The BKLS measures allow us to use observable attributes of analysts' forecasts to derive empirical estimates of two key (unobservable) dimensions of an information structure among multiple analysts: (1) the precision of their information (i.
Selection of Individual Forecasts Used to Calculate BKLS Measures
This procedure ensures that when comparing the BKLS measures of analysts' information before and after earnings announcements, we base our analysis on the same set of individual analysts.
We substitute ex post realized dispersion (D) and squared error in these analysts' mean forecast (SE) for the expected dispersion (D) and squared error in the mean forecast (SE) used in the BKLS model.
Substituting ex post realizations for expected values introduces measurement error into our measures of expected dispersion and squared error in the mean forecast and, in turn, into our estimates of BKLS measures.
We compute estimates of [rho], h, and s--[rho], h, and s--by substituting the number of our selected analysts forecasts (N), together with the ex post realized dispersion (D) and squared error in the mean forecast (SE) for these forecasts, both scaled by the absolute actual earnings per share, into the BKLS equations shown here in Equations (3), (4), and (5).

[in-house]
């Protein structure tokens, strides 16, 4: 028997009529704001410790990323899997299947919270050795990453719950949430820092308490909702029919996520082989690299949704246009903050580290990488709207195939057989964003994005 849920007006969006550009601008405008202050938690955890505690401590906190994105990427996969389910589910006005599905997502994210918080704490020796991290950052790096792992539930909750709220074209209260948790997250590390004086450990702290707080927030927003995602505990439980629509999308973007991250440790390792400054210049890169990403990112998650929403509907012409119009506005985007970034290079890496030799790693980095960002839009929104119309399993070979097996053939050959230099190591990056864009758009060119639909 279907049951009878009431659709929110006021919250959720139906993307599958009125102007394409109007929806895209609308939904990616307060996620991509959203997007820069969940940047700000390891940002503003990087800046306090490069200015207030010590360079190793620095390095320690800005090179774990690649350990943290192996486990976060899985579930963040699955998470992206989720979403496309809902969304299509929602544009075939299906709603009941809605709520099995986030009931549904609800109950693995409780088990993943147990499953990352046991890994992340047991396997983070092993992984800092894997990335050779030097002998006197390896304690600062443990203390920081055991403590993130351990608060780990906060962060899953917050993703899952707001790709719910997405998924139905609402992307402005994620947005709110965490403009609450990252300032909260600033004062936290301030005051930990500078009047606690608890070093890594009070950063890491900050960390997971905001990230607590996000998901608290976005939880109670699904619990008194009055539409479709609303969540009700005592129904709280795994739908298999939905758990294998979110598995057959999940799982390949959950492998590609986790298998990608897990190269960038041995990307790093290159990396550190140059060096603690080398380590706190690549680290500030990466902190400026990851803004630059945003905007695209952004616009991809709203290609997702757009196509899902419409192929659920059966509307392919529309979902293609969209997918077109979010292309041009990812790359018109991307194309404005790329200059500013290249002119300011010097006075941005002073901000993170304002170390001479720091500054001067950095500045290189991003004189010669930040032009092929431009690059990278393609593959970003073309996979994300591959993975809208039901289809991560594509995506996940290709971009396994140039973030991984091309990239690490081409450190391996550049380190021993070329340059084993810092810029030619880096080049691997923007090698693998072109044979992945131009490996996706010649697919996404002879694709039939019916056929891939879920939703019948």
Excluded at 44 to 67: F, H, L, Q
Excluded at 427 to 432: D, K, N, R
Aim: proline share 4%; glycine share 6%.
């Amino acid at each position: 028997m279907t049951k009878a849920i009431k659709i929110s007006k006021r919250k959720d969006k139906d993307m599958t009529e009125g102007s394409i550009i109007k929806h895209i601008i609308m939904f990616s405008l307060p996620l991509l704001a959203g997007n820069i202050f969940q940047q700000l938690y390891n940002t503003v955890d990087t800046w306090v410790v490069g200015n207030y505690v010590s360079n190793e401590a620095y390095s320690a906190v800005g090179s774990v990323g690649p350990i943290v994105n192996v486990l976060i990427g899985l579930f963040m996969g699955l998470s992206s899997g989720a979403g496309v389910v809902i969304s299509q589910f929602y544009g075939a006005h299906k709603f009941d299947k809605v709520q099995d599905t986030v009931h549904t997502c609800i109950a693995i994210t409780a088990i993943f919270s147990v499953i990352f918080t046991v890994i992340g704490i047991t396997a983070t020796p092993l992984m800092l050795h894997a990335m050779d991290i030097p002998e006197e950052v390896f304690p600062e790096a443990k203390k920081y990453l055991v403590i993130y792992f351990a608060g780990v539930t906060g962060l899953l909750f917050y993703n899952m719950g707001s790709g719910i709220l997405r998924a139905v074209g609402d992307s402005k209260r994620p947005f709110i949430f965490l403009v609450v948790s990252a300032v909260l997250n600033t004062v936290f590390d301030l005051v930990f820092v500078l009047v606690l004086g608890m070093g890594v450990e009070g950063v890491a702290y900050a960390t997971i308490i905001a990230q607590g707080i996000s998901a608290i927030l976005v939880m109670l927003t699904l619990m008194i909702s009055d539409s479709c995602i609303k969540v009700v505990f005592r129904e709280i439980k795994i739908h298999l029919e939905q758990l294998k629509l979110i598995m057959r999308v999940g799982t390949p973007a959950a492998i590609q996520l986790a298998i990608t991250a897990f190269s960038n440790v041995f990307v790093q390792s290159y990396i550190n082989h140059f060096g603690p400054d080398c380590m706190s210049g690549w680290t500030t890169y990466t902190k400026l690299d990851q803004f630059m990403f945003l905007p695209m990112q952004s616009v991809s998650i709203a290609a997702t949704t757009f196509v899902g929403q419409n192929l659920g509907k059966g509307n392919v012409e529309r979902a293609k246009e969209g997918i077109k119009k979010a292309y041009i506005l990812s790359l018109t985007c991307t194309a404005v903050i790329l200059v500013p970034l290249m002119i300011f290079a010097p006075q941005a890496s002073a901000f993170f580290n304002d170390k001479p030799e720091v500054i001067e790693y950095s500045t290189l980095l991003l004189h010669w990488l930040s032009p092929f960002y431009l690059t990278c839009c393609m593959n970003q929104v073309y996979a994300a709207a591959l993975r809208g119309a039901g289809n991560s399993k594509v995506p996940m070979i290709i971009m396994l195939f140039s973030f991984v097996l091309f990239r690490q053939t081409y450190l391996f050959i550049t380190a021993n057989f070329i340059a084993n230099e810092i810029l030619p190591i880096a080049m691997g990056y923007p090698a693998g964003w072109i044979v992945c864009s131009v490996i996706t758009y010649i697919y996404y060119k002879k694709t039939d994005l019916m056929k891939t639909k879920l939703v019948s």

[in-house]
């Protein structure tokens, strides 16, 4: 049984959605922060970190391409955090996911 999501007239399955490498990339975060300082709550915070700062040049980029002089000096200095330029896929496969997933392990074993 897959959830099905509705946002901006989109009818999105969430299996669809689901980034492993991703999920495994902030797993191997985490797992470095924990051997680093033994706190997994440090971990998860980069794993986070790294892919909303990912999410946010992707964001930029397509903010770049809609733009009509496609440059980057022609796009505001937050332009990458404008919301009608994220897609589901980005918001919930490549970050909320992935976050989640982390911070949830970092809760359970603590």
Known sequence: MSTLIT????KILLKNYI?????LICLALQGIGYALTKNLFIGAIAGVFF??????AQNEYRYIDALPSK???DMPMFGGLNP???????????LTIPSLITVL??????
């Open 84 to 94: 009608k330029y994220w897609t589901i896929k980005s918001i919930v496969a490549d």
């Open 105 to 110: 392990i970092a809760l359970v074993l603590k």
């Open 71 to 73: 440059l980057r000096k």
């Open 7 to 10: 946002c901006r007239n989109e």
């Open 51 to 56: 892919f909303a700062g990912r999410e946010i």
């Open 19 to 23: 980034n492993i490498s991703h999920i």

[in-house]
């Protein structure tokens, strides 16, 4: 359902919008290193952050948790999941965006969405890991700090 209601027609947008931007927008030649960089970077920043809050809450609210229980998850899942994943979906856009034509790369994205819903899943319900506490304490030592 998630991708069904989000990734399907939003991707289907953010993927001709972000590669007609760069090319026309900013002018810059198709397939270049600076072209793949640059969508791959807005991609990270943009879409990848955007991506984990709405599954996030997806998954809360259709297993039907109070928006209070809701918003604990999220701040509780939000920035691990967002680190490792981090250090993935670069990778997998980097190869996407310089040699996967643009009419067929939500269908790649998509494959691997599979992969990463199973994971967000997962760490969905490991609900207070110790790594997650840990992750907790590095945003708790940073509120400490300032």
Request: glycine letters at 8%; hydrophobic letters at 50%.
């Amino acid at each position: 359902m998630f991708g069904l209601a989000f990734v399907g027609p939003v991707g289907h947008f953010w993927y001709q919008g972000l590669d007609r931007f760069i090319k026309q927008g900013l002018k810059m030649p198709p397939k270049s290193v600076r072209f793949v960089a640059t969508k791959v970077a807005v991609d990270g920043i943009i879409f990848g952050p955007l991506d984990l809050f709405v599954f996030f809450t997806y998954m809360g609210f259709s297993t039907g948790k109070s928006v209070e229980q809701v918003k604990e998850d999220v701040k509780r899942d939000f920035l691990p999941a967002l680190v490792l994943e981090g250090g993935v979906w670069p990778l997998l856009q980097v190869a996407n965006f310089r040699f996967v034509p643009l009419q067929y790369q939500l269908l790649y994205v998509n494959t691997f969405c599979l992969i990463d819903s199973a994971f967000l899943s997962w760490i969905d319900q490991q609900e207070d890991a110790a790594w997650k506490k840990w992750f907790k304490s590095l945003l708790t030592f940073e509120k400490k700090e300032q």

Table 1 shows the median and mean levels of BKLS correlation ([rho]) and the BKLS precision measures (h and s) for the [Q2.
Primary Results: Changes in BKLS Measures around Earnings Announcements
We first test for changes in BKLS correlation around earnings announcements.
Recall that the BKLS correlation measure [rho] directly captures the across-analyst correlation in forecast errors, which is the theoretical construct in the Fischer and Verrecchia (1998) model.
In addition, the BKLS framework would consider any common information disclosed privately to all analysts to be effectively public information.
8) In the BKLS framework, error in the mean forecast is defined as the squared difference between the mean analyst forecast and actual earnings.